BIG little Research Tips (#9)

#9. Searching for Old Web Pages

Websites change, update, and expire. Authors will often cite to pages without thinking about what happens when those URLs change, making their arguments weaker without the evidence to support them. This is known as “link rot.” The Harvard Law Review Forum published a study on link rot and found that: “Over 50% of cited links in Supreme Court opinions no longer point to the intended page. Roughly 70% of cited links in academic legal journals and 20% of all science, technology and medicine articles suffer from link rot.” (127 Harv. L. Rev. F. 176)

What do you do if you encounter a dreaded “404 Page Not Found” notice? You need a special, archival, powerful search engine. Enter the Wayback Machine. Archive.org’s Wayback Machine has to be one of the greatest innovations and tools on the Internet. Although they don’t archive every web page, only about 377 billion, there is enough that you should know how to use it. I’ve found documents there that had been removed from current versions of web sites, or URLs that have been completely eliminated.

The Wayback Machine is great for finding old government pages and documents so you can see how policies have changed from one administration to the next. They’ll often have old press releases that a company has removed from their current website. You can find URLs cited in reports that have since been eliminated completely from the original sites. It’s also a fun way to see what was on the front page of the Washington Post or CNN or your favorite site wayback in time. (See what I did there?)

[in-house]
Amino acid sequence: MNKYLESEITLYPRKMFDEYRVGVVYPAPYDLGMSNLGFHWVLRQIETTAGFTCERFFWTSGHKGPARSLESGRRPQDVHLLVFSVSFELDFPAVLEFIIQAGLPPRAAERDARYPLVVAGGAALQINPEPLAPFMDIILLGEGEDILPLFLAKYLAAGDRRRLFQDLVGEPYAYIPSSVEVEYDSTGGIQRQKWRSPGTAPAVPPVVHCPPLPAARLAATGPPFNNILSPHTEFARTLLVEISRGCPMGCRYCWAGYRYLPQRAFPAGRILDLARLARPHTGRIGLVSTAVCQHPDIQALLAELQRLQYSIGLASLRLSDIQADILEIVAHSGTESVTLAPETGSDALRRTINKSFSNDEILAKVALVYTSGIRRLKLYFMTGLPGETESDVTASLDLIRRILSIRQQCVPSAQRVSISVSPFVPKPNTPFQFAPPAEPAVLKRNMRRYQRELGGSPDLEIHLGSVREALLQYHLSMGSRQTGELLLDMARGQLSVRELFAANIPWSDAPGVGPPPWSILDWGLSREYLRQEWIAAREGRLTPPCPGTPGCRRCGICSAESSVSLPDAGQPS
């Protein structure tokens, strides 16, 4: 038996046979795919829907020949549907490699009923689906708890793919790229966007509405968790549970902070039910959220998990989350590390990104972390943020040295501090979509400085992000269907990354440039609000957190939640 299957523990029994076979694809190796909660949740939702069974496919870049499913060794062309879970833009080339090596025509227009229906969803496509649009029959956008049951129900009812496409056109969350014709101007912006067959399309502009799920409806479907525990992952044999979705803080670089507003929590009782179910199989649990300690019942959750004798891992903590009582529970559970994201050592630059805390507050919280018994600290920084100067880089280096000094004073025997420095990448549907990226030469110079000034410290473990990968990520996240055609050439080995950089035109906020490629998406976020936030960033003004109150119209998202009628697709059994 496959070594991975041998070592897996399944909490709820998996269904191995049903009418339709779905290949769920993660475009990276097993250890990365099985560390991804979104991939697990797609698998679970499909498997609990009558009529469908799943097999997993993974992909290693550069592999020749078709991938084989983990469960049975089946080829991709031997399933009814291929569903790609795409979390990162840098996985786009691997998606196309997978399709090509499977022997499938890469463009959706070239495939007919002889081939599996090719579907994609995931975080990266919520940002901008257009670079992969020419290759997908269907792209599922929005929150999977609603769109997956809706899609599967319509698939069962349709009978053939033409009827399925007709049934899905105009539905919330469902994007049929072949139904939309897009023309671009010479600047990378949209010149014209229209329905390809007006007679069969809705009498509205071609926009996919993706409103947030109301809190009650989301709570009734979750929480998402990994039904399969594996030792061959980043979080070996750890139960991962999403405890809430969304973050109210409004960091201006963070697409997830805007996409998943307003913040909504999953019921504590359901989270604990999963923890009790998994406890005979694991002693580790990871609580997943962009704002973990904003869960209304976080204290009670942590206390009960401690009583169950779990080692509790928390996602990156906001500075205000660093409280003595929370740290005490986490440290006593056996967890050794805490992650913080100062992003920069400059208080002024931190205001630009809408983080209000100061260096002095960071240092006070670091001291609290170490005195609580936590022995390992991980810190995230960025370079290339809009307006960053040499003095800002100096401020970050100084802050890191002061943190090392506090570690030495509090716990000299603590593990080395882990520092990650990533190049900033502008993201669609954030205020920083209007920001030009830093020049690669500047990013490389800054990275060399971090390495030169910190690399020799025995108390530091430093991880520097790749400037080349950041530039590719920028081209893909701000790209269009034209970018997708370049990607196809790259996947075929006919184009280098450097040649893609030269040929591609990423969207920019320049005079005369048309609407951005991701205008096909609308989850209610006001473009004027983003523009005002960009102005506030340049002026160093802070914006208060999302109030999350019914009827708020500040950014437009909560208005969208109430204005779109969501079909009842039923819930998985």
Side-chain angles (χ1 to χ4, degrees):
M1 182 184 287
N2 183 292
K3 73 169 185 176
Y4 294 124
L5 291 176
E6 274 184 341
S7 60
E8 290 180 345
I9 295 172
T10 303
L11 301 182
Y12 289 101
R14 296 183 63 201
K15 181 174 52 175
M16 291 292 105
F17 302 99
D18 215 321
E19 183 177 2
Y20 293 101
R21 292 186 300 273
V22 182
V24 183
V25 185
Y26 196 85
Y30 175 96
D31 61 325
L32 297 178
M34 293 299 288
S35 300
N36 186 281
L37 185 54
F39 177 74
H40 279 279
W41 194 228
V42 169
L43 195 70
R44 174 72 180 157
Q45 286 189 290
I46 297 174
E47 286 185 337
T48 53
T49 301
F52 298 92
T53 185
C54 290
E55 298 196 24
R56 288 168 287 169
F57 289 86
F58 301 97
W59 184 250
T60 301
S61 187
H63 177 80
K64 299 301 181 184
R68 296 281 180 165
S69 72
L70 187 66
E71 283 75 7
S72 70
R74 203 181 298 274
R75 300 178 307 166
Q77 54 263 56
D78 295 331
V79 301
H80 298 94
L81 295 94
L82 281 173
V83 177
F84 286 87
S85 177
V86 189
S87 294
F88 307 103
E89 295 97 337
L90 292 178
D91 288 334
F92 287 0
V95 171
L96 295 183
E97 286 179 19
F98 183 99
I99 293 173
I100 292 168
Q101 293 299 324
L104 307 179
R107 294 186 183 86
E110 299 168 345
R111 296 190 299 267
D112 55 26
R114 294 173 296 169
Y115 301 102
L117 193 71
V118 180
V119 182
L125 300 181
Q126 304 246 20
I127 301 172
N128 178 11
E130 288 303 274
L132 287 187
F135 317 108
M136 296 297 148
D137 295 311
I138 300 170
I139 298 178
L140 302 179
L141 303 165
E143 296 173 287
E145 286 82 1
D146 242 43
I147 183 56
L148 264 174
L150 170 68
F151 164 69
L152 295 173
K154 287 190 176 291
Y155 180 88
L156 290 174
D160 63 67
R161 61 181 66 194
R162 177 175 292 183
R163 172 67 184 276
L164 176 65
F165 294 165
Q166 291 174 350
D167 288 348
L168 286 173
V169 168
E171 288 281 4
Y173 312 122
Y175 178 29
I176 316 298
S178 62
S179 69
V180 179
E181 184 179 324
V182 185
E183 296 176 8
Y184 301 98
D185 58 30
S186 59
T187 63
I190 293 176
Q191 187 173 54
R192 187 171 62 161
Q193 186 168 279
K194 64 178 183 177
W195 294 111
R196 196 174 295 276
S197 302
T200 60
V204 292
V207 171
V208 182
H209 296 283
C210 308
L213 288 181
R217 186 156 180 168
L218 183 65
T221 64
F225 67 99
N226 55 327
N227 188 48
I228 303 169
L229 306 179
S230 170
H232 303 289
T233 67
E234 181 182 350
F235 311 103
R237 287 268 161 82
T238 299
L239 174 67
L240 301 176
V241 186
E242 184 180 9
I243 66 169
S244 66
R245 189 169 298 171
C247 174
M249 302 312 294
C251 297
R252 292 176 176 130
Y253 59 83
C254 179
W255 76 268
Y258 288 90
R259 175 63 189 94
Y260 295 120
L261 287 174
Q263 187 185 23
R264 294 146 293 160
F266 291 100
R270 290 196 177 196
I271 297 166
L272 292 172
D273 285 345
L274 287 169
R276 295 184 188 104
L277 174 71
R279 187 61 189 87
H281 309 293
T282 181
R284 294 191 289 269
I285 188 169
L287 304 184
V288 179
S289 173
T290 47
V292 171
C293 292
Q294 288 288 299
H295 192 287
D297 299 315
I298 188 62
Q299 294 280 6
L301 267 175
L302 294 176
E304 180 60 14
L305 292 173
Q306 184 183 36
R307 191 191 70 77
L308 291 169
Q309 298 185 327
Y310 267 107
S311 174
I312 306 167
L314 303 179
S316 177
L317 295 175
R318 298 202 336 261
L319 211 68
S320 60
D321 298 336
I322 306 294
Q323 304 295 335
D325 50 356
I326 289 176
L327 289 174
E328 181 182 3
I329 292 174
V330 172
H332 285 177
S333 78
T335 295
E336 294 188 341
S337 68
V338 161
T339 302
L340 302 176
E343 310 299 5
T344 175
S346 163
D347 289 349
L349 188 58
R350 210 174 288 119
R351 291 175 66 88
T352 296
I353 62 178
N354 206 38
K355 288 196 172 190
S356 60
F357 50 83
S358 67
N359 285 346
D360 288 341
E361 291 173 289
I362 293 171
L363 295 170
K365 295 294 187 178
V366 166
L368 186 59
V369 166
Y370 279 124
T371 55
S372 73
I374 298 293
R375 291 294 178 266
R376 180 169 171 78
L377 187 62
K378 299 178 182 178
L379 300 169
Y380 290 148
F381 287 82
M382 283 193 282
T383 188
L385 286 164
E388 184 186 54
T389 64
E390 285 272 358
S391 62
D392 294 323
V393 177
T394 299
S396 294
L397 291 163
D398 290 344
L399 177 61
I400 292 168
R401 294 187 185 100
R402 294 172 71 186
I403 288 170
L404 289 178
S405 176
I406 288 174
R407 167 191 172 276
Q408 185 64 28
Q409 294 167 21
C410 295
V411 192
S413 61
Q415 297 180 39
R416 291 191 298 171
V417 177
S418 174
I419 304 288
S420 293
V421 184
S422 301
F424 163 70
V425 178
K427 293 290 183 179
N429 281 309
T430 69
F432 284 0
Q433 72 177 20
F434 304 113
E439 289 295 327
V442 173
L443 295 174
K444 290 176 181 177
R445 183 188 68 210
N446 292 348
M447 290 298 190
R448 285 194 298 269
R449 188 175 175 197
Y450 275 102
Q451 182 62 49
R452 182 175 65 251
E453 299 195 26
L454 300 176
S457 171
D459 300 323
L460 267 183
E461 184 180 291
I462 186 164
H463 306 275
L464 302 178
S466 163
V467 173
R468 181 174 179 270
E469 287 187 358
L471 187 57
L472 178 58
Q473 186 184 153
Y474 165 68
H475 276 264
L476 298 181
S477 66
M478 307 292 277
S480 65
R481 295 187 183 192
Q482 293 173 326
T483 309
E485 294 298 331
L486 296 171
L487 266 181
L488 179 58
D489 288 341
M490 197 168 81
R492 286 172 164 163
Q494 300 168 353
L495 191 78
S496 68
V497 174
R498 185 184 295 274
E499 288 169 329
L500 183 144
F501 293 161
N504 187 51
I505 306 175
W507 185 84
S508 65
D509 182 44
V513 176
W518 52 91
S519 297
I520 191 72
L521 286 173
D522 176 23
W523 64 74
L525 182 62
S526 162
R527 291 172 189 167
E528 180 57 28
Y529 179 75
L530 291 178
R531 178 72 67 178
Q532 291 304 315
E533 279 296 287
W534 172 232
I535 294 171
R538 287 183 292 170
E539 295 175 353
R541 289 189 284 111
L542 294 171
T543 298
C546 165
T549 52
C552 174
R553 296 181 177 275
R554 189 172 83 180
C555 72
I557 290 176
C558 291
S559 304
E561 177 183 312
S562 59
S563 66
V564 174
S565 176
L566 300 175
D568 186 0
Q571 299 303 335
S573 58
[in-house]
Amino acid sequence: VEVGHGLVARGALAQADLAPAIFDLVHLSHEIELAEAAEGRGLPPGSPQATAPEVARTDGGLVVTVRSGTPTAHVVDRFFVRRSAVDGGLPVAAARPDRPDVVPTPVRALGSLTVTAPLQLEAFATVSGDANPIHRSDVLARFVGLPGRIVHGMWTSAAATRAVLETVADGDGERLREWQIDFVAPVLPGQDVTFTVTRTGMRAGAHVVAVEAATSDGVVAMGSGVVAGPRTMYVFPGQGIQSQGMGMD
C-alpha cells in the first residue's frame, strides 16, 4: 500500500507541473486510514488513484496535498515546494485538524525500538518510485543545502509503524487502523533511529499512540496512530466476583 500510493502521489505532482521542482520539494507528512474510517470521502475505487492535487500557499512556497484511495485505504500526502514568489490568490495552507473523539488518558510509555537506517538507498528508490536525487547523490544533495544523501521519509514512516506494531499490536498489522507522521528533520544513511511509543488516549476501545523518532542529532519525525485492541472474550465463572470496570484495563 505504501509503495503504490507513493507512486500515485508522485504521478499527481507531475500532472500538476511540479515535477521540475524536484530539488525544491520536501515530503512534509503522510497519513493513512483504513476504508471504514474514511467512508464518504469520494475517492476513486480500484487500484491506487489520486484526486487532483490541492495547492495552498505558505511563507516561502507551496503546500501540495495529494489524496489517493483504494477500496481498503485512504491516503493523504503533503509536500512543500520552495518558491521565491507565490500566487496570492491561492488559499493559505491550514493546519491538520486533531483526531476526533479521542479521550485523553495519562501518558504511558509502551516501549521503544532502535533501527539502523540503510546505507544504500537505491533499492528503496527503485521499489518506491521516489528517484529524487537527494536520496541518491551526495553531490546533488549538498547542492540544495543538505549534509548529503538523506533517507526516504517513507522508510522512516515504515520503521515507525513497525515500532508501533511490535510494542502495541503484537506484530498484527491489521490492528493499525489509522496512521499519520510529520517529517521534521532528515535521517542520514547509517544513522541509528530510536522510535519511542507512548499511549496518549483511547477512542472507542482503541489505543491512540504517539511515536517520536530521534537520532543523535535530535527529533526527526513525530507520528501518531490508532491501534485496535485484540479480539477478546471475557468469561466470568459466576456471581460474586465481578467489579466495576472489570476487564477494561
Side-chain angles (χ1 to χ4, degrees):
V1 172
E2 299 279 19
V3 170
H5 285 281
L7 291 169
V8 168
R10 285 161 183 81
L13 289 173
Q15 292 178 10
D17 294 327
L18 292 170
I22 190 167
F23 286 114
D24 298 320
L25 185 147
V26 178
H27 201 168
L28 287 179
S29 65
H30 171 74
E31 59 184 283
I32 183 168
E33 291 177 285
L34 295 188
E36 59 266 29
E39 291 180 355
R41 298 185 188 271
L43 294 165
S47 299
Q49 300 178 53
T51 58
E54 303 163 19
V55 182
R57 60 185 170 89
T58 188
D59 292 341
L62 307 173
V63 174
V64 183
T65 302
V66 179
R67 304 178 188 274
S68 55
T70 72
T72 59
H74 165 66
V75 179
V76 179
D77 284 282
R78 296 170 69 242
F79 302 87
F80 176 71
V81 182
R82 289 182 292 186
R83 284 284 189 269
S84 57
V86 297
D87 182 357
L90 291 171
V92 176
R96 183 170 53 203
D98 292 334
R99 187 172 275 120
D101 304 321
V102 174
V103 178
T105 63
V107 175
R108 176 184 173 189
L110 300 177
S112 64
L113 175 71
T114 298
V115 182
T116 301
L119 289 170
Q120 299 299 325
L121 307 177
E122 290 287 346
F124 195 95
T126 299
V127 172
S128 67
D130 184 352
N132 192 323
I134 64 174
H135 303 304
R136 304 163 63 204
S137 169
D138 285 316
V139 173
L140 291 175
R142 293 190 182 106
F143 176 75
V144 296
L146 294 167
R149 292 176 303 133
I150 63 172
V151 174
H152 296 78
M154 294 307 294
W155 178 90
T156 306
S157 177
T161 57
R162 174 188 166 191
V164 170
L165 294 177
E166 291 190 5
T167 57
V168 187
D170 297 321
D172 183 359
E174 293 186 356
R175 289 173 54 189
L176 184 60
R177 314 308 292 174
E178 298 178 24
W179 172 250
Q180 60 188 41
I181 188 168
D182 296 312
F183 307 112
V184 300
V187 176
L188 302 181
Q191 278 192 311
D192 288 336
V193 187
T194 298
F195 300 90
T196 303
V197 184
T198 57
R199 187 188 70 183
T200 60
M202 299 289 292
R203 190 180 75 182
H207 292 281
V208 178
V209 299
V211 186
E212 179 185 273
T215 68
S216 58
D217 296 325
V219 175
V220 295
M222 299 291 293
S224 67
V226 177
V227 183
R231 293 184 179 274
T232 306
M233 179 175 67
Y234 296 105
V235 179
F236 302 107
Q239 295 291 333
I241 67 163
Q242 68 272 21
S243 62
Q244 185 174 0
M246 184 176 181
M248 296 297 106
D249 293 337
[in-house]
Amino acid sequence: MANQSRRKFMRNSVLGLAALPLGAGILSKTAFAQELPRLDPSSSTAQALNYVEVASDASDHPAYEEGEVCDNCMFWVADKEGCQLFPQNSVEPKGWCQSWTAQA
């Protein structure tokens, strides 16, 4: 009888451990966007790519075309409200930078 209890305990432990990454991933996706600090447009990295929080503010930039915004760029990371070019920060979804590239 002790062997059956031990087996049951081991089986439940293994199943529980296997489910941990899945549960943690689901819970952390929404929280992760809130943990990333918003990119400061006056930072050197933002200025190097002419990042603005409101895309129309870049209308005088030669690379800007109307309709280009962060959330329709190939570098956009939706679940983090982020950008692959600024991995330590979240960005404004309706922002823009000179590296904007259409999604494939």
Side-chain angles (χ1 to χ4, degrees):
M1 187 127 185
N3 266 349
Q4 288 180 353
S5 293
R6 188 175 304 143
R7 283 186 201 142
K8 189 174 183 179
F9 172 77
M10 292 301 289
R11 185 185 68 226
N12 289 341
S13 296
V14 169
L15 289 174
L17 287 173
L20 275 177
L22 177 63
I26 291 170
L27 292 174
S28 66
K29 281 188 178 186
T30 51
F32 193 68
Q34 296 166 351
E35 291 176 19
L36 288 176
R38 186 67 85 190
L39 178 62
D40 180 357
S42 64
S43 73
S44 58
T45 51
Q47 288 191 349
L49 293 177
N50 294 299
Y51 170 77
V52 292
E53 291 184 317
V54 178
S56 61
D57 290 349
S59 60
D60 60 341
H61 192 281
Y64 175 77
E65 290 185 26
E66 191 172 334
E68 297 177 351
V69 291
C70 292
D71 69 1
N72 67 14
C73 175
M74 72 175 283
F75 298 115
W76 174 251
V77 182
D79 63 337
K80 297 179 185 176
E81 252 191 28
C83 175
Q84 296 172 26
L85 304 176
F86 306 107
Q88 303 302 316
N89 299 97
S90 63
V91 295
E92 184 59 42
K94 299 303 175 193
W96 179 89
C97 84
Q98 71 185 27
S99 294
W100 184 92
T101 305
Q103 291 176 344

But it’s not just web pages! Archive.org has video and sound recordings, images, full text e-books, and software.

Do you have a page that you want to see preserved just the way it is? Perhaps you want to save a blog post that will eventually scroll off the front page of your favorite site. You can add it to the Archive.com collection in a simple step. Save your citations and publish your article with the knowledge that the pages you cite to today will be available to your readers tomorrow or next month or in ten years. Archive.org’s Save Page Now tool is free.

Perma.cc is another fantastic tool for preserving web pages. Originally created to help law students, professors, judges and lawyers preserve the web pages they cite in their articles, decisions, and briefs it is now available to anyone. Free for academics and judicial offices, the service is even recommended in the Bluebook as an authoritative way to archive important references and citations.

Good luck with your research and have fun in the rabbit hole you’ve opened!

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